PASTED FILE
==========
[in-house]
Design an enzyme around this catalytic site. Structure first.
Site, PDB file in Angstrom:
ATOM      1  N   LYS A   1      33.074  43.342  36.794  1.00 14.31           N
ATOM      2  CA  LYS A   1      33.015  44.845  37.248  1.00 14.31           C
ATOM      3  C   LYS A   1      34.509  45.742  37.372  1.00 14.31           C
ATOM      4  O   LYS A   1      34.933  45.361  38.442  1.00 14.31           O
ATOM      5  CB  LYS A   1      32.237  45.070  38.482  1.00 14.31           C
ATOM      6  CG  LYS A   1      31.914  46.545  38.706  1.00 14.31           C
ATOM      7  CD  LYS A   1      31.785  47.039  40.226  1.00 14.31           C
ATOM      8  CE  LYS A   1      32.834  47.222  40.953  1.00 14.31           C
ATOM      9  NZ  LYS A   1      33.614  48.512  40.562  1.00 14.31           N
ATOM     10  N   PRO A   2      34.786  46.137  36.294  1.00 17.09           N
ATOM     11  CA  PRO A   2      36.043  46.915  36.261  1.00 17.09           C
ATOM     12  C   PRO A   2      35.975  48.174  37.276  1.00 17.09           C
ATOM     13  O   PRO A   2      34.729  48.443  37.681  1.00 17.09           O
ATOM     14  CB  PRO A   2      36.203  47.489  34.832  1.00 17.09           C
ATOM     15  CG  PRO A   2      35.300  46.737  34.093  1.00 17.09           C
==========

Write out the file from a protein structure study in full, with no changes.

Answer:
[in-house]
Design an enzyme around this catalytic site. Structure first.
Site, PDB file in Angstrom:
ATOM      1  N   LYS A   1      33.074  43.342  36.794  1.00 14.31           N
ATOM      2  CA  LYS A   1      33.015  44.845  37.248  1.00 14.31           C
ATOM      3  C   LYS A   1      34.509  45.742  37.372  1.00 14.31           C
ATOM      4  O   LYS A   1      34.933  45.361  38.442  1.00 14.31           O
ATOM      5  CB  LYS A   1      32.237  45.070  38.482  1.00 14.31           C
ATOM      6  CG  LYS A   1      31.914  46.545  38.706  1.00 14.31           C
ATOM      7  CD  LYS A   1      31.785  47.039  40.226  1.00 14.31           C
ATOM      8  CE  LYS A   1      32.834  47.222  40.953  1.00 14.31           C
ATOM      9  NZ  LYS A   1      33.614  48.512  40.562  1.00 14.31           N
ATOM     10  N   PRO A   2      34.786  46.137  36.294  1.00 17.09           N
ATOM     11  CA  PRO A   2      36.043  46.915  36.261  1.00 17.09           C
ATOM     12  C   PRO A   2      35.975  48.174  37.276  1.00 17.09           C
ATOM     13  O   PRO A   2      34.729  48.443  37.681  1.00 17.09           O
ATOM     14  CB  PRO A   2      36.203  47.489  34.832  1.00 17.09           C
ATOM     15  CG  PRO A   2      35.300  46.737  34.093  1.00 17.09           C